Beyonce - Biography
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In the 2000s, no pop star was as poised, as polished, or as generally fierce as Beyoncé Giselle Knowles. She scored early success with Destiny's Child, who started out as a sexier and sassier (if less adult) version of TLC, then steadily became more and more of a vehicle for Beyoncé's operatic vocals and general diva-tude — which may have been the plan all along. Whether appearing in TV spots (for L'Oreal and other products), co-starring in films like Dream Girls, or marrying Jay-Z, Beyoncé was omnipresent in the 2000s. And though her female-empowerment anthems didn't seem to offer much for women who lacked her superpowers to relate to, almost everybody loved shiny, hip-hop-fueled hits like "Crazy in Love, " and "Single Ladies (Put a Ring on It)" anyway.
Beyoncé Giselle Knowles was groomed for stardom from an early age. Born on September 4th, 1981, she began singing, dancing and performing in talent shows in her native Houston at seven, and by high school she and cousin Kelly Rowland and school chums LaTavia Roberson and LeToya Luckett were singing together, in a group that was later managed by Beyoncé's father and Rowland's guardian, Matthew Knowles. The act was first called Girl's Tyme (the name under which the group performed on Star Search in 1992), but by the time they signed to Columbia in 1997, they were Destiny's Child.
In 1998, the group issued its debut, Destiny's Child, which featured the hit "No, No, No" (Number Three, 1998). But it was 1999's The Writing's on the Wall that broke the bank, with "Bug a Boo" (Number 33, 1999), "Jumpin' Jumpin'" (Number Three, 1999), "Bills, Bills, Bills" (Number One, 1999), and perhaps most definitively with "Say My Name" (Number One, 2000). The definitive kiss-off song won two Grammys and featured a standout performance by Beyoncé, whose skittering, rhythmic, and hip-hop-derived approach to melody would help shift the entire landscape of R&B singing.
With the membership of the group rapidly shifting around her — Luckett and Roberson sued after being replaced by Michelle Williams and Farrah Franklin, and Franklin left within a year—it became increasingly clear that Destiny's Child was intended as Beyoncé's showcase. Late in 2000 came "Independent Women Pt. 1" (Number One), from the Charlie's Angels soundtrack, a song that set the tone for 2001's Survivor (Number One), on which Beyoncé fully took center stage, most notably on the Grammy-winning title hit and "Bootylicious" (Number One). In 2001, Beyoncé starred in the MTV "hip-hopera" Carmen in the title role.
After appearing in Austin Powers in Goldmember, Knowles released her solo debut on its soundtrack, titled "Work It Out." She also worked with her new beau Jay-Z on his "'03 Bonnie & Clyde" (Number Four). Beyoncé's own Dangerously in Love was released in June 2003 and entered the charts at Number One, buoyed by its incredibly infectious lead single, "Crazy in Love," which stayed at Number One for two months. "Baby Boy," featuring Sean Paul, which also hit the top of the charts; "Me, Myself and I" and "Naughty Girl" helped the album move more than 4 million copies. In November 2004, Destiny Fulfilled (Number Two) sounded a valedictory note for Beyoncé's group with "Lose My Breath" and "Soldier"; the next Destiny's Child CD was a best-of titled #1s.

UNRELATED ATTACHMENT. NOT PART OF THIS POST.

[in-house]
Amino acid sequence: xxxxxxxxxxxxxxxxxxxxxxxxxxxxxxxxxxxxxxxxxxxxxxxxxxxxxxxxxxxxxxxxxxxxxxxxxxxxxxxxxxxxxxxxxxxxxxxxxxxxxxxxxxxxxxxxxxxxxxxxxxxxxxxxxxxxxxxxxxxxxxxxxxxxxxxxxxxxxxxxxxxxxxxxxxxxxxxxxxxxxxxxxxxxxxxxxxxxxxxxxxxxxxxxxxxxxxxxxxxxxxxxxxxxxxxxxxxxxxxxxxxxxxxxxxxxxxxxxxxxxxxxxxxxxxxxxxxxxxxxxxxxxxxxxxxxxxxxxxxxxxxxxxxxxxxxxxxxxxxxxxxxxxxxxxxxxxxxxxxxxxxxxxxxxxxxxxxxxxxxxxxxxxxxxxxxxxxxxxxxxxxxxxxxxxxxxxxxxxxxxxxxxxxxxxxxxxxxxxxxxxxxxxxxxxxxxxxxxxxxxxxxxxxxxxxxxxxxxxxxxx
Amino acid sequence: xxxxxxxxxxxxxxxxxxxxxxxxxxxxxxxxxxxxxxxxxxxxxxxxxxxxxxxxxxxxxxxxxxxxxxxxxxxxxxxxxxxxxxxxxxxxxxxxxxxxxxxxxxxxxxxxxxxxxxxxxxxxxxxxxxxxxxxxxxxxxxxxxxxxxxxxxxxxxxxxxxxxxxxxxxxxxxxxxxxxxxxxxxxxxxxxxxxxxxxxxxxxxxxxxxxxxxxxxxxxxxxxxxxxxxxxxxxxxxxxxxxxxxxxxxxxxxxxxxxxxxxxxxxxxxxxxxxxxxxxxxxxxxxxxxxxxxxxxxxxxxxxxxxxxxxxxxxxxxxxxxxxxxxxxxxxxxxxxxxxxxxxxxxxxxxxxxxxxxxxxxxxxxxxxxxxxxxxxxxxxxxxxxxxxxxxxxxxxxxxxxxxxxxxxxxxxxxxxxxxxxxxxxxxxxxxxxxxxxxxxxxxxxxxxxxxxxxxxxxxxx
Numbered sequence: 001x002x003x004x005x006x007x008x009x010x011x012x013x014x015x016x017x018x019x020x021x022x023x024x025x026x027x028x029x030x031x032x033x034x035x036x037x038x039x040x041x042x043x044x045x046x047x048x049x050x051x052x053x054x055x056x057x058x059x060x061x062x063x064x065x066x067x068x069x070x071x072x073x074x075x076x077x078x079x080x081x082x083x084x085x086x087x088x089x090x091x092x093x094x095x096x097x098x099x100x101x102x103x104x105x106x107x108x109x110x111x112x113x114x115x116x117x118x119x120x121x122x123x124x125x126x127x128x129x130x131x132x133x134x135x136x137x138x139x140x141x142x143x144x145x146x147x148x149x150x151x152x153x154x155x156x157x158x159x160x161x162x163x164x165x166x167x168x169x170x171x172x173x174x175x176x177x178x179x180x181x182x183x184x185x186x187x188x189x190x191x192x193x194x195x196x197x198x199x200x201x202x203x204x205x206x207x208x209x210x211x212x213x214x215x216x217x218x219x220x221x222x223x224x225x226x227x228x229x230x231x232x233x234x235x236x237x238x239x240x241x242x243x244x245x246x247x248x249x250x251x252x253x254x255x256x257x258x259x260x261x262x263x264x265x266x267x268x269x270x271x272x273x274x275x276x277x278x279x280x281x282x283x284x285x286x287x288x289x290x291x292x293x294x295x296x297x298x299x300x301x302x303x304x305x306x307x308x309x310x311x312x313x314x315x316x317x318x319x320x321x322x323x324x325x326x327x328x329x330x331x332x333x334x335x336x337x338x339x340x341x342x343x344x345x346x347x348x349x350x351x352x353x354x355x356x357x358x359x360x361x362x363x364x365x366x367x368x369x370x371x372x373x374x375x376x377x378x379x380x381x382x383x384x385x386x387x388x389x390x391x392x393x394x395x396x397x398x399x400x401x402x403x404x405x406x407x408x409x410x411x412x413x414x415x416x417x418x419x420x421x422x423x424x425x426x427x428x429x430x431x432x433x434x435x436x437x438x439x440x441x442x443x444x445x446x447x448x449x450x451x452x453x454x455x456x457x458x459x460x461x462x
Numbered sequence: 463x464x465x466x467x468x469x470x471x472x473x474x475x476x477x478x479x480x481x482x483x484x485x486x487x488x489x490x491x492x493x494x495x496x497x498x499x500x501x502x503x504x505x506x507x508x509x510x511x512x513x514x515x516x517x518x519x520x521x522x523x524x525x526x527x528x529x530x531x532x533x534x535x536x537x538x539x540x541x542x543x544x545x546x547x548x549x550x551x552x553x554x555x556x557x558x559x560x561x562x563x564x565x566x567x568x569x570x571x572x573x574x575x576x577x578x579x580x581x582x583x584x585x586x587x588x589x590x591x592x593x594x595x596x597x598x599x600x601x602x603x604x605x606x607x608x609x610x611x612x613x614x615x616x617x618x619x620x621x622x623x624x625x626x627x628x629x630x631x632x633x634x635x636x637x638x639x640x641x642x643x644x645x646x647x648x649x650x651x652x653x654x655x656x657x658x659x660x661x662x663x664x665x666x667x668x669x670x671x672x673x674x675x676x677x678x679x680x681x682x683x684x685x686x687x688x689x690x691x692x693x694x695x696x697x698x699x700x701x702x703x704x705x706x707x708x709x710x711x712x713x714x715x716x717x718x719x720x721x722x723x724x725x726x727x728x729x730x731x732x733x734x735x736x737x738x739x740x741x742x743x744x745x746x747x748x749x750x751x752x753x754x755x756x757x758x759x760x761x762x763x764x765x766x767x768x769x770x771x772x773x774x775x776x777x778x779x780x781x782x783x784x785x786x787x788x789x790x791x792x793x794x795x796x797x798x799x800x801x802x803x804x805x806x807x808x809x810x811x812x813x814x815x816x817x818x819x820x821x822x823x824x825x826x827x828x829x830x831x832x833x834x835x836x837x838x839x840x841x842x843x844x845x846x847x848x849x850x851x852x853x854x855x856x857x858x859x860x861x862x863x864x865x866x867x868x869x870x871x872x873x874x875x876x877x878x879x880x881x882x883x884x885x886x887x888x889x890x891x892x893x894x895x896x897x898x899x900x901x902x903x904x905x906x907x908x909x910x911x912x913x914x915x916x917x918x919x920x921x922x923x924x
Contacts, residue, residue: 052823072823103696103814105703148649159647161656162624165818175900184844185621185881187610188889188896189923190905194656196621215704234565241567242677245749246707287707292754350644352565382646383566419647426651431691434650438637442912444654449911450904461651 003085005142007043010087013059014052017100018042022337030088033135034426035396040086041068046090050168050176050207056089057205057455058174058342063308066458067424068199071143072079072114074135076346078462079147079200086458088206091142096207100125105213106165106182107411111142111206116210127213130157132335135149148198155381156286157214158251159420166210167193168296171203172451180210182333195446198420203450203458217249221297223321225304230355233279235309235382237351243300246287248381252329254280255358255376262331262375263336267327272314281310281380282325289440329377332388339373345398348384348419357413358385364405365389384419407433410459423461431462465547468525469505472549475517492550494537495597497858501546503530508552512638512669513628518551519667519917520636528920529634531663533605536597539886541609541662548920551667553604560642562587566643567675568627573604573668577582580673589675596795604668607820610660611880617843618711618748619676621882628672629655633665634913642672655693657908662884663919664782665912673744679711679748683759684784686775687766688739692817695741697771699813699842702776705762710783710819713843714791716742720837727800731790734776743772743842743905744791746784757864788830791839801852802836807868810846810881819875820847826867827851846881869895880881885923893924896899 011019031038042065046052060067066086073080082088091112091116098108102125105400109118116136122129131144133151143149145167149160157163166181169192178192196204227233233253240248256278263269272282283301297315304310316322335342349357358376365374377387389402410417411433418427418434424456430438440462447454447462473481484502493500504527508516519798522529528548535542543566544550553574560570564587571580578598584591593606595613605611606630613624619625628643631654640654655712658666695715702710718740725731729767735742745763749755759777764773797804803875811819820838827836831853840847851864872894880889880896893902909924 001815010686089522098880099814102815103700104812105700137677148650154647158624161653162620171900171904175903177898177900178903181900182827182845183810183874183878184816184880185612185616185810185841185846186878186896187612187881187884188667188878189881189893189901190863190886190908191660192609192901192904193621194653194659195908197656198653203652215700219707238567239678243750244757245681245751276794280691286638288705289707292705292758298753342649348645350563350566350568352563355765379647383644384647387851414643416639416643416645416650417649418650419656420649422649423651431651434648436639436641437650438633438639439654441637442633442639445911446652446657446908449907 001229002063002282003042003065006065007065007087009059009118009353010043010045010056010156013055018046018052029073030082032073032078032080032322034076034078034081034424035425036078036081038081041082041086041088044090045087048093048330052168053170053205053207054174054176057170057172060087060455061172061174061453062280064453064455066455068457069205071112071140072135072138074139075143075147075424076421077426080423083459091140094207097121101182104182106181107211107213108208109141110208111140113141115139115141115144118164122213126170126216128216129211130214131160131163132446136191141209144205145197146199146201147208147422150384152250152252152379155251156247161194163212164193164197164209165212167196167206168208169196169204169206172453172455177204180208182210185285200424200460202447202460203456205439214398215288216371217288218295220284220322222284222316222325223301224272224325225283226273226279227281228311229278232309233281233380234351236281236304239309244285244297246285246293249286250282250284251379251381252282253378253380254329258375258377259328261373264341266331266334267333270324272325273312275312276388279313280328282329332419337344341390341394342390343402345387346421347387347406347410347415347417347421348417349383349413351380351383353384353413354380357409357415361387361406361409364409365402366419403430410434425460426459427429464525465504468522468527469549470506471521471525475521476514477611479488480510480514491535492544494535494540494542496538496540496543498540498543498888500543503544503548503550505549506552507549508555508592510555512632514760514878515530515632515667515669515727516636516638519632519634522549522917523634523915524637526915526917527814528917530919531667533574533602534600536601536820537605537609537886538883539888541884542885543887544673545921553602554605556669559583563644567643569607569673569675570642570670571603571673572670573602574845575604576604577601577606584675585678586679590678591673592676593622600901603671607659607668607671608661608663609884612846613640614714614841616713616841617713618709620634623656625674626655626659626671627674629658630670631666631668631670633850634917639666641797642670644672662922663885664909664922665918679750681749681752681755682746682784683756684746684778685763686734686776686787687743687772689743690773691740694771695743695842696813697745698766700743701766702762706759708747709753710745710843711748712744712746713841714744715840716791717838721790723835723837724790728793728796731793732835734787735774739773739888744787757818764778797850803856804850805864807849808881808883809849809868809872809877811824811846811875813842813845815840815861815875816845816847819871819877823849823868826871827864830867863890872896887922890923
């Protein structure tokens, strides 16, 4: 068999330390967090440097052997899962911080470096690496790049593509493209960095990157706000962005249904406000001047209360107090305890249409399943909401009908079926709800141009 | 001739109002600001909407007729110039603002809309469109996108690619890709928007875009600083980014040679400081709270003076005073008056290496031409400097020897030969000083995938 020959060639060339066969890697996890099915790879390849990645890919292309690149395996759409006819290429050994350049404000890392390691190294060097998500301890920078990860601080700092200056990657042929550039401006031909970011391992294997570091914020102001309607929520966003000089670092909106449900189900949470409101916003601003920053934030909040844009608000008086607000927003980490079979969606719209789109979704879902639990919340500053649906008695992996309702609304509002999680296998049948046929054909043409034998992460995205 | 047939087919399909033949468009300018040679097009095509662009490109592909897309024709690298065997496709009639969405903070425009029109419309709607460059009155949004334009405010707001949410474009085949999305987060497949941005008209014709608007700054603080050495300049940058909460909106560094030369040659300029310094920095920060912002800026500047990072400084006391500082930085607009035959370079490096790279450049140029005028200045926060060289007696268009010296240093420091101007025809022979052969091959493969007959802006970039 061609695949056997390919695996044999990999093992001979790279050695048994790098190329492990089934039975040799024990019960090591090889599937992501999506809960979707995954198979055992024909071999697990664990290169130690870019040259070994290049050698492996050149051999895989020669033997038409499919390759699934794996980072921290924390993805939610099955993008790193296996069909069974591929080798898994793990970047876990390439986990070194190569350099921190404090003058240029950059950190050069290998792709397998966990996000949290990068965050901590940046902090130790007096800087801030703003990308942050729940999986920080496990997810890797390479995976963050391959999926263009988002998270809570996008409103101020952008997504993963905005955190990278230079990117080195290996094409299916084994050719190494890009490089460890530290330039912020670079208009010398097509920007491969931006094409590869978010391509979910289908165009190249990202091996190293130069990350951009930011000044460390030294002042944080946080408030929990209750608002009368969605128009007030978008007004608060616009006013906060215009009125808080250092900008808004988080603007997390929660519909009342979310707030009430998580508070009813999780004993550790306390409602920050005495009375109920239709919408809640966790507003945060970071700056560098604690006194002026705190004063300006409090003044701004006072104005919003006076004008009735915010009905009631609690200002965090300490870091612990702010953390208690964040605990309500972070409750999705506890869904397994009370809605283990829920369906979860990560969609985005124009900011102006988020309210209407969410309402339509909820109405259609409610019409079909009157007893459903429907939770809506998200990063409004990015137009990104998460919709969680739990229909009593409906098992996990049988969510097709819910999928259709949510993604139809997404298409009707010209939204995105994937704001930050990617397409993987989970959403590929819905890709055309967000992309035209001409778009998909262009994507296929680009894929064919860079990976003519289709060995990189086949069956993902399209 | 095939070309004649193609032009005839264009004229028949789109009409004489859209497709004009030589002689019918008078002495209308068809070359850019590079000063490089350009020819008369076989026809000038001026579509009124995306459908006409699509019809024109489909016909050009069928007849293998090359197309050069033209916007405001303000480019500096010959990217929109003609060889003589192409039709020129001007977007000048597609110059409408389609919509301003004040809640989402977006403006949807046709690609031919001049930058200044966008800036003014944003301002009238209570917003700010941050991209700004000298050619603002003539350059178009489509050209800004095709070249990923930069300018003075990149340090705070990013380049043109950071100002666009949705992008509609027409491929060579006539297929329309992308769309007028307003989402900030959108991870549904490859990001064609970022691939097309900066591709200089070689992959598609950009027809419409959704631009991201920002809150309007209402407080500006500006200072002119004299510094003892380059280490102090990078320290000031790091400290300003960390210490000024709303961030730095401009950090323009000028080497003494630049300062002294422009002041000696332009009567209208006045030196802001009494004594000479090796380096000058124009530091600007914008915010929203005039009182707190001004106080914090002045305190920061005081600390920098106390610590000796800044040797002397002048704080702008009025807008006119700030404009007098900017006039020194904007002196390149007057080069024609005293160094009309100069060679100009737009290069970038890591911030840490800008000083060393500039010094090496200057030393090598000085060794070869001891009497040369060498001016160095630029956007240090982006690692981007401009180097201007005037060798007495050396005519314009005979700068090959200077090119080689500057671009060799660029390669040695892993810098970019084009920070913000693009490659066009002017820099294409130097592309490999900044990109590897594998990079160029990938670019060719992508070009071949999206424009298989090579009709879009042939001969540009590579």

In 2006, Beyoncé starred alongside Steve Martin in The Pink Panther, but it was her role in the film adaptation of the Broadway smash Dreamgirls that defined her on-screen career (Beyoncé received two Golden Globe nominations, and the film won two Oscars). Inspired by her Dreamgirls character (the Diana Ross-esque Deena Jones), she followed the film's completion by writing and, in a compressed three-week burst, recording B'Day, a deeper and often more inspired follow-up to Dangerously in Love. Among its hits were "Deja Vu" (Number Four), "Ring the Alarm" (Number 11), and "Irreplaceable," which perched at Number One for 10 straight weeks. A "deluxe" version of B'Day came out in April 2007 with included a duet with Shakira called "Beautiful Liar." Beyoncé spent much of 2007 on the road supporting the album on the Beyoncé Experience tour.
Offstage, Beyoncé has also spent time promoting her fashion line House of Dereon (its moniker is taken from her grandmother's surname). On April 4th, 2008, Jay-Z and Beyoncé were married in Manhattan.
Beyoncé released her third solo studio album, I Am… Sasha Fierce in November, 2008. It debuted at Number One, selling 482,000 copies in its first week, and, on the strength of four Top Ten singles, continued to sell big for over a year, reaching sales of 6 million worldwide in late 2009. The first single, "If I Were a Boy," made little impact in the U.S., but the second, "Single Ladies (Put a Ring On It)" went to Number One. Soon after the release of Sasha Fierce, Beyoncé played Etta James in Cadillac Records, opposite Adrian Brody, Mos Def, and Jeffrey Wright. Beyoncé stuck with the role in real life, performing James' "At Last" at Barack Obama's Inaugural Ball.
Throughout 2009, Beyoncé toured the world on the I Am... tour, grossing over $36 million. The exquisitely choreographed video for "Single Ladies" went on to win 2009 Video of the Year at the BET Awards and the MTV Video Music Awards (although Kanye West notoriously interrupted Taylor Swift's speech in protest when Beyoncé lost in the Best Female Video category).
Portions of this biography appeared in The Rolling Stone Encyclopedia of Rock & Roll (Simon & Schuster, 2001). Evan Serpick contributed to this article.
H/T: The Rolling Stone